At the end of the race, the visually impaired runner must cross the finish line in front of the guide runner
. If the guide crosses the line first, both runners will be disqualified. At the end of the race, you remain in a guiding role. You should guide the visually impaired runner through the finish area. FROM A BLIND RUNNER’S PERSPECTIVE
Running with a guide is a learning curve for both parties, remain open-minded and be willing to try different instructions, running ropes, routes and terrains. For totally blind runners, initially the motion of running might make you feel nauseated, this will disappear as your body and brain get used to running and your fitness level increases. Always be honest with your guide runner. If the pace is too fast or too slow, you feel unwell or uncomfortable during a run, share this information as soon as possible. It is easy to become comfortable running with the same key guides, you get to know each other well and are familiar with the instructions you require. It is important to encourage as many other runners to run with you. Be prepared to try running with new guides to give people the opportunity to try guide running and determine if it is for them or not. Be clear with new guide runners about the information you require while running, keep it straightforward and consistent. Runners and guide runners support each other while running, it is important to reciprocate encouragement and support. Races or long runs:-
Always take an accessible mobile phone with you on a long run or during a long race. This will enable you to request assistance should the necessity arise during a long run and at the end of a race event or marathon will enable you to locate and meet up with your friends or family. During a long training run or marathon, for those of us with no eyesight there is little to distract you if you start to feel fatigued. Try to distract yourself by focusing on sounds, and smells around you, or focus on positive self-talk, for instance, focus on crossing the finish line, the medal at the end, a bubble bath or shower when you get back to your hotel! During a race it is easy to become distracted by other runners breathing, especially where breathing sounds laboured. If this starts to affect you, for instance you start to feel tired, try to kick away from them or drown out the breathing by focusing on other sounds around you, think about a song or piece of music that you like and play it in your head. As you might have guessed IPods and MP3 players are not great running aids for visually impaired people! In races where other runners are wearing headphones, it can make it difficult to make them aware of your presence behind them, particularly where you want to pass them on a narrow stretch. When crossing the finish line in a race, the visually impaired runner must cross the line ahead of the sighted guide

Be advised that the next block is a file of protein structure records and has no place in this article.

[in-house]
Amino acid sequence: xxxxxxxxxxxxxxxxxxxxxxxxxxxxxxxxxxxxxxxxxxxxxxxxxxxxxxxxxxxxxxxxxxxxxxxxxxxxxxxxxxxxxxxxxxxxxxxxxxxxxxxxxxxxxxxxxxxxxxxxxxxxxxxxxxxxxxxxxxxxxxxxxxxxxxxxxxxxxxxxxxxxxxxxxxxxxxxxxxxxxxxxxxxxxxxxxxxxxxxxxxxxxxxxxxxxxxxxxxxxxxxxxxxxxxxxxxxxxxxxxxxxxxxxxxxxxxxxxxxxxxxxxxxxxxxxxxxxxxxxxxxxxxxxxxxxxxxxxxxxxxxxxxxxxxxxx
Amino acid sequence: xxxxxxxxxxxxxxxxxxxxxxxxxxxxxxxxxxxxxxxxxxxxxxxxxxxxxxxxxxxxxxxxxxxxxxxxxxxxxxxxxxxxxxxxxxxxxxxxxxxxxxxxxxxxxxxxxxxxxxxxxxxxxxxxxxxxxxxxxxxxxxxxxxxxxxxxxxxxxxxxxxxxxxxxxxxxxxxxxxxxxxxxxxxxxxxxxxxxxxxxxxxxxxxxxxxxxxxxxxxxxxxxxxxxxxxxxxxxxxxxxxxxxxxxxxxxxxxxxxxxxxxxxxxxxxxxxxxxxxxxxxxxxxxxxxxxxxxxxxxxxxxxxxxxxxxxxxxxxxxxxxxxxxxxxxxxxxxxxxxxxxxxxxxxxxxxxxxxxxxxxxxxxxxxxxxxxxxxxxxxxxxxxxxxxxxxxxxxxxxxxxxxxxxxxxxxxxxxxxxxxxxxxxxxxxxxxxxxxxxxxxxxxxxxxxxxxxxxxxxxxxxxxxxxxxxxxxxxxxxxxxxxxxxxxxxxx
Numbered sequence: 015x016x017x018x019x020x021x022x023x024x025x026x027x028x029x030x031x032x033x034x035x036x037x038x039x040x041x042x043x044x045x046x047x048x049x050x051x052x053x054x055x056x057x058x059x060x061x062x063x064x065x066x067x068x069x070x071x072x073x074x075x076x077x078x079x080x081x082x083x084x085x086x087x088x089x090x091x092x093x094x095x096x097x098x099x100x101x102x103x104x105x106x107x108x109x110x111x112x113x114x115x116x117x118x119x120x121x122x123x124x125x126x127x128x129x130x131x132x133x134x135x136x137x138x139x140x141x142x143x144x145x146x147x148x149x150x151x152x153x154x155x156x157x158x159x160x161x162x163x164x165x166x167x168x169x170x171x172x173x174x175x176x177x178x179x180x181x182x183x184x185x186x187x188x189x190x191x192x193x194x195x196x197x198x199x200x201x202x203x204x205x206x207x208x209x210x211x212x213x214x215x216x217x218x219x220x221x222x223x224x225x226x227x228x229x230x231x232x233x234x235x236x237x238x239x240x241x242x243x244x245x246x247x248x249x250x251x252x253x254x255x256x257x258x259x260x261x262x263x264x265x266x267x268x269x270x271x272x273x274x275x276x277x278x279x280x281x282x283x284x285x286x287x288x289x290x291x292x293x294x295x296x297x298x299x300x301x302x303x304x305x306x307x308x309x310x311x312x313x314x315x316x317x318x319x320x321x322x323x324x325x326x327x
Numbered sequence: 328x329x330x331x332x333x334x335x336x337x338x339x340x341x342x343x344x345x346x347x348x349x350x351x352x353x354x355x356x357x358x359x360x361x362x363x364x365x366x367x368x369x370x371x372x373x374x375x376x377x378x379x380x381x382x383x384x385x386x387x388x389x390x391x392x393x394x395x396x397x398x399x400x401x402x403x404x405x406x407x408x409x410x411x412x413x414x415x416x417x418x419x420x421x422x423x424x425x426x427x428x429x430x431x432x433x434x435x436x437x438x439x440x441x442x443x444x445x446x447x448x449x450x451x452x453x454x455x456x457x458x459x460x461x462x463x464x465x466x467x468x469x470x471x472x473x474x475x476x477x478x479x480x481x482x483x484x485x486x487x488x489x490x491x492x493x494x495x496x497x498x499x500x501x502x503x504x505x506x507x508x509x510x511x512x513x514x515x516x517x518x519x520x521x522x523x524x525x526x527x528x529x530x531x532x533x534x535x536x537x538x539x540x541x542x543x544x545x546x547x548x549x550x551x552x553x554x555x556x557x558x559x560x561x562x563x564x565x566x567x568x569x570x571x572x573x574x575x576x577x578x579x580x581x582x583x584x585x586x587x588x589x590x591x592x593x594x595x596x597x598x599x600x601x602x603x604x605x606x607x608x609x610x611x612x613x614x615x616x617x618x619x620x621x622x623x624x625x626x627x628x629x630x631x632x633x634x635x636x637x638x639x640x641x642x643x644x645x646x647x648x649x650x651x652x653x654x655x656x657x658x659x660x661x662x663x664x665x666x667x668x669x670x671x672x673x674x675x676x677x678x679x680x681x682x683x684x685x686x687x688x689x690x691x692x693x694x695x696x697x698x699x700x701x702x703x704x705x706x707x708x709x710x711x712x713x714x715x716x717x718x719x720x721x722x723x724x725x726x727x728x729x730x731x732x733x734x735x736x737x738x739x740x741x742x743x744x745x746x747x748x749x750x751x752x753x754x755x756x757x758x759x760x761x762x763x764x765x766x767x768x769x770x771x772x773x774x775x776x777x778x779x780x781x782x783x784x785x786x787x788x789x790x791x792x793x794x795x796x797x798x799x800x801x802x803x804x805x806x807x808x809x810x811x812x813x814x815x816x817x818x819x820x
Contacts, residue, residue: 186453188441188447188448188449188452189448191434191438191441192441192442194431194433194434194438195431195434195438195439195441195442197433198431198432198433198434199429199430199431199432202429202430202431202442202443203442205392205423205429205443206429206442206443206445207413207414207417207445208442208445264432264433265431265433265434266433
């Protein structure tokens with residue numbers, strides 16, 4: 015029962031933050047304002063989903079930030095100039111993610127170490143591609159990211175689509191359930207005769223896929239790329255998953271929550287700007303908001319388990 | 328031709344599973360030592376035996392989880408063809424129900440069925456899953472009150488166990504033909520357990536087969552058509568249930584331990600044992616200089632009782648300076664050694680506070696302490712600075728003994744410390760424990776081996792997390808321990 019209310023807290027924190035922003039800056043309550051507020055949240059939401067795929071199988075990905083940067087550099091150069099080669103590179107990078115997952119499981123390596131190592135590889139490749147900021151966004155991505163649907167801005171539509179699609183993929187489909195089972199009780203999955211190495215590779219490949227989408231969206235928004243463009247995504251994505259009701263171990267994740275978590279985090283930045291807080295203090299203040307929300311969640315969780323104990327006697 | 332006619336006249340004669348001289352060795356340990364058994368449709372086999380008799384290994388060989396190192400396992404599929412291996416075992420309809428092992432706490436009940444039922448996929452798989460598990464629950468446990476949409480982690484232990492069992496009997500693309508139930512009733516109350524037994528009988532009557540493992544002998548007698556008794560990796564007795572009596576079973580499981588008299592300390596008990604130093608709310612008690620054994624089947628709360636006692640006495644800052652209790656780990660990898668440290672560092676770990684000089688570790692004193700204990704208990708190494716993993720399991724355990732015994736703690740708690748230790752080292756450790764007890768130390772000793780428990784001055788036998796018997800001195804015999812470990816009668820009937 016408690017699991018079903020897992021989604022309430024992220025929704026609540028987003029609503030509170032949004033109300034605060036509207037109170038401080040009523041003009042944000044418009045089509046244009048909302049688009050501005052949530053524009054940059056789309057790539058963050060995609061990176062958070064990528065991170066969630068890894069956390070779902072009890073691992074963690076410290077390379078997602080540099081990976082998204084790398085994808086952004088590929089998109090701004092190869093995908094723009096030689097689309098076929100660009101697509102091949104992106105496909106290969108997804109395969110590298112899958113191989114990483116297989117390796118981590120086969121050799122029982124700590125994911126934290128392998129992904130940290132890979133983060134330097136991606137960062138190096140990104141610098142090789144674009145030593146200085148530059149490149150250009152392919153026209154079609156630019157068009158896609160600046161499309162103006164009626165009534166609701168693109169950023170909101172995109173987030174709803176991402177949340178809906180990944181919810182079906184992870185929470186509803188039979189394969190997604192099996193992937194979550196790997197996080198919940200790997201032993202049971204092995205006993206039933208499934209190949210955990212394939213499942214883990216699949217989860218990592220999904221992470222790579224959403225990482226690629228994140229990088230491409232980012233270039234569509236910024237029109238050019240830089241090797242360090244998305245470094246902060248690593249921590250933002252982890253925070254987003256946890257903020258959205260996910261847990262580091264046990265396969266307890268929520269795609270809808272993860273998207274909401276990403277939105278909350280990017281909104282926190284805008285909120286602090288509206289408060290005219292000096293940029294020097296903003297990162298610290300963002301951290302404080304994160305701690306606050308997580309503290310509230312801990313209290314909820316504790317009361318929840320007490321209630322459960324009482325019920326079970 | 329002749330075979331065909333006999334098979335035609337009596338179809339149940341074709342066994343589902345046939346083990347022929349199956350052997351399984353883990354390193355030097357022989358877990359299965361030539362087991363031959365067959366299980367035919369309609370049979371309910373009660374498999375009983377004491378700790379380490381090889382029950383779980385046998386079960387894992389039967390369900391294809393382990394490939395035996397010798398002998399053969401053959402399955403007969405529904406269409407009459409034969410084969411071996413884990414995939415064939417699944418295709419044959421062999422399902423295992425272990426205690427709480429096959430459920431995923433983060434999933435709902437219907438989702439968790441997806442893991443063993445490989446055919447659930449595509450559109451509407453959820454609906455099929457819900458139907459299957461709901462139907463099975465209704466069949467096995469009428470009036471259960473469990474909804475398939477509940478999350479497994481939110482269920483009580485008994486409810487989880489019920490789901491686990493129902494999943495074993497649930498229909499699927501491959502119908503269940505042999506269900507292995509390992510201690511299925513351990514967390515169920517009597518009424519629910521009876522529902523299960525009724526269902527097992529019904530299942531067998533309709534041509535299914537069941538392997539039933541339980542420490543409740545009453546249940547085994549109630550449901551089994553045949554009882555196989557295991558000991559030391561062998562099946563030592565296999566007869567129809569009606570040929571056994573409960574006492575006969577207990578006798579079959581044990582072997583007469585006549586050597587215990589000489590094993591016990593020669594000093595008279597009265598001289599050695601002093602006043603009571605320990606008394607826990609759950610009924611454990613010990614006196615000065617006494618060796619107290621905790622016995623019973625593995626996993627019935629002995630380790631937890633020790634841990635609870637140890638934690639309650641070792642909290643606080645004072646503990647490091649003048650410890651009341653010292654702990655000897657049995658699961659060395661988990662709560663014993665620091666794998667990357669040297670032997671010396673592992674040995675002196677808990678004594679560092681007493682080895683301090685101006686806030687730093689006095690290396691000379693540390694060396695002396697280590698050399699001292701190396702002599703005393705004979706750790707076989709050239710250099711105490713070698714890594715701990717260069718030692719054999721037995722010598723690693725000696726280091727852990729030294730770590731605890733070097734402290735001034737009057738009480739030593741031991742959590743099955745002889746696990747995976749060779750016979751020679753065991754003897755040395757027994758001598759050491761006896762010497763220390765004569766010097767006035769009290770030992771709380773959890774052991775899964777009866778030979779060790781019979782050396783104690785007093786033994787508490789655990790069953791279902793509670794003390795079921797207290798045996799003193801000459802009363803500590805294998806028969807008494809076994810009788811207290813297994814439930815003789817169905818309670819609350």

. If the guide runner crosses the line first, both runners will be disqualified. When entering races, ask organisers for a discount for your guide runner, especially if they do not want a medal or t-shirt. Most races accommodate this request. Charity events, understandably cannot always offer discounted places. Arrive at race events in plenty of time, to get your numbers and get your bearings. Make other runners aware of your presence. Try to be understanding of other runners especially at race events if they do not anticipate the participation of a blind runner. By taking part you raise the profile of blind people’s participation in sport – it’s a learning curve for everyone involved. Most importantly enjoy running! Conclusion:-
When guiding a blind runner you will get better as you do it and remember that the blind runner is a person, with their own family and life drama’s, personal bests, etc. It is also important to have your own goals as a runner and never feel obliged to guide. The guide runner will not expect you to guide them all the time. You may read this and think it’s very complicated but this is not the case. Tying shoe laces is easy, explaining how you do it is far harder! Running with a guide runner is a great way of getting to know people and make friends! The loneliness of a long distance runner doesn’t apply!
Having a guide runner with you around a marathon route is just a fantastic opportunity to take part in and enjoy various running events. The camaraderie from other runners, particularly during marathons is just brilliant! Visual impairment or blindness is not a barrier to participate in sport – it’s a great opportunity to take part in sport in a way that works for you! Kind thanks to - Hazel McFarlane would like to thank Anne Noble and Graeme McKenzie for their invaluable input to the development of this Guide.http://www.joggingbuddy.com/running_advice/become-a-running-guide-for-blind-runners